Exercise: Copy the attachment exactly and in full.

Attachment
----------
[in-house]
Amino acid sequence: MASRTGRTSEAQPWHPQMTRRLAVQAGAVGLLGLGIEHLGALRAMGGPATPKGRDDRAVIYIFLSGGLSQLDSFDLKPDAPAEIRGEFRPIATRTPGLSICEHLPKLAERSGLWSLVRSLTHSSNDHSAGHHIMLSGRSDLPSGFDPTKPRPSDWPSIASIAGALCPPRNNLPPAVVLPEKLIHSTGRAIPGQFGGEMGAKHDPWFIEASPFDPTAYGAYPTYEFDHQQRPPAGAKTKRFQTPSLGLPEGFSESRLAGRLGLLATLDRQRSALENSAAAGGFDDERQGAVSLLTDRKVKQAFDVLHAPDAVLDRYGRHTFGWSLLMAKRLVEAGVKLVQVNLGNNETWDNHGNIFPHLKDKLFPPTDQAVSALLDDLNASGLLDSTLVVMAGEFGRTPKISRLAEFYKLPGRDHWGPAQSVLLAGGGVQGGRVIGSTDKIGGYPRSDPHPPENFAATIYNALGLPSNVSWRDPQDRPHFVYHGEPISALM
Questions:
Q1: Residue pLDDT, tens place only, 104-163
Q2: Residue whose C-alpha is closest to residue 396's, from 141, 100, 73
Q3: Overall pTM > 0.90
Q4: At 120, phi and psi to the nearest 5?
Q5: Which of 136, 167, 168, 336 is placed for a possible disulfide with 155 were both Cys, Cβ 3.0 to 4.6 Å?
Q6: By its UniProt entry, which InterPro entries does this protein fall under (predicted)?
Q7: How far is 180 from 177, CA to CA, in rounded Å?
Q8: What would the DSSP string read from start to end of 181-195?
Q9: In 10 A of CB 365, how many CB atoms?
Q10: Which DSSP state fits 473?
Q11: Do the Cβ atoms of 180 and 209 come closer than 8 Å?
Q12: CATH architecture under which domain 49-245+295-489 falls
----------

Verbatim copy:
[in-house]
Amino acid sequence: MASRTGRTSEAQPWHPQMTRRLAVQAGAVGLLGLGIEHLGALRAMGGPATPKGRDDRAVIYIFLSGGLSQLDSFDLKPDAPAEIRGEFRPIATRTPGLSICEHLPKLAERSGLWSLVRSLTHSSNDHSAGHHIMLSGRSDLPSGFDPTKPRPSDWPSIASIAGALCPPRNNLPPAVVLPEKLIHSTGRAIPGQFGGEMGAKHDPWFIEASPFDPTAYGAYPTYEFDHQQRPPAGAKTKRFQTPSLGLPEGFSESRLAGRLGLLATLDRQRSALENSAAAGGFDDERQGAVSLLTDRKVKQAFDVLHAPDAVLDRYGRHTFGWSLLMAKRLVEAGVKLVQVNLGNNETWDNHGNIFPHLKDKLFPPTDQAVSALLDDLNASGLLDSTLVVMAGEFGRTPKISRLAEFYKLPGRDHWGPAQSVLLAGGGVQGGRVIGSTDKIGGYPRSDPHPPENFAATIYNALGLPSNVSWRDPQDRPHFVYHGEPISALM
Questions:
Q1: Residue pLDDT, tens place only, 104-163
Q2: Residue whose C-alpha is closest to residue 396's, from 141, 100, 73
Q3: Overall pTM > 0.90
Q4: At 120, phi and psi to the nearest 5?
Q5: Which of 136, 167, 168, 336 is placed for a possible disulfide with 155 were both Cys, Cβ 3.0 to 4.6 Å?
Q6: By its UniProt entry, which InterPro entries does this protein fall under (predicted)?
Q7: How far is 180 from 177, CA to CA, in rounded Å?
Q8: What would the DSSP string read from start to end of 181-195?
Q9: In 10 A of CB 365, how many CB atoms?
Q10: Which DSSP state fits 473?
Q11: Do the Cβ atoms of 180 and 209 come closer than 8 Å?
Q12: CATH architecture under which domain 49-245+295-489 falls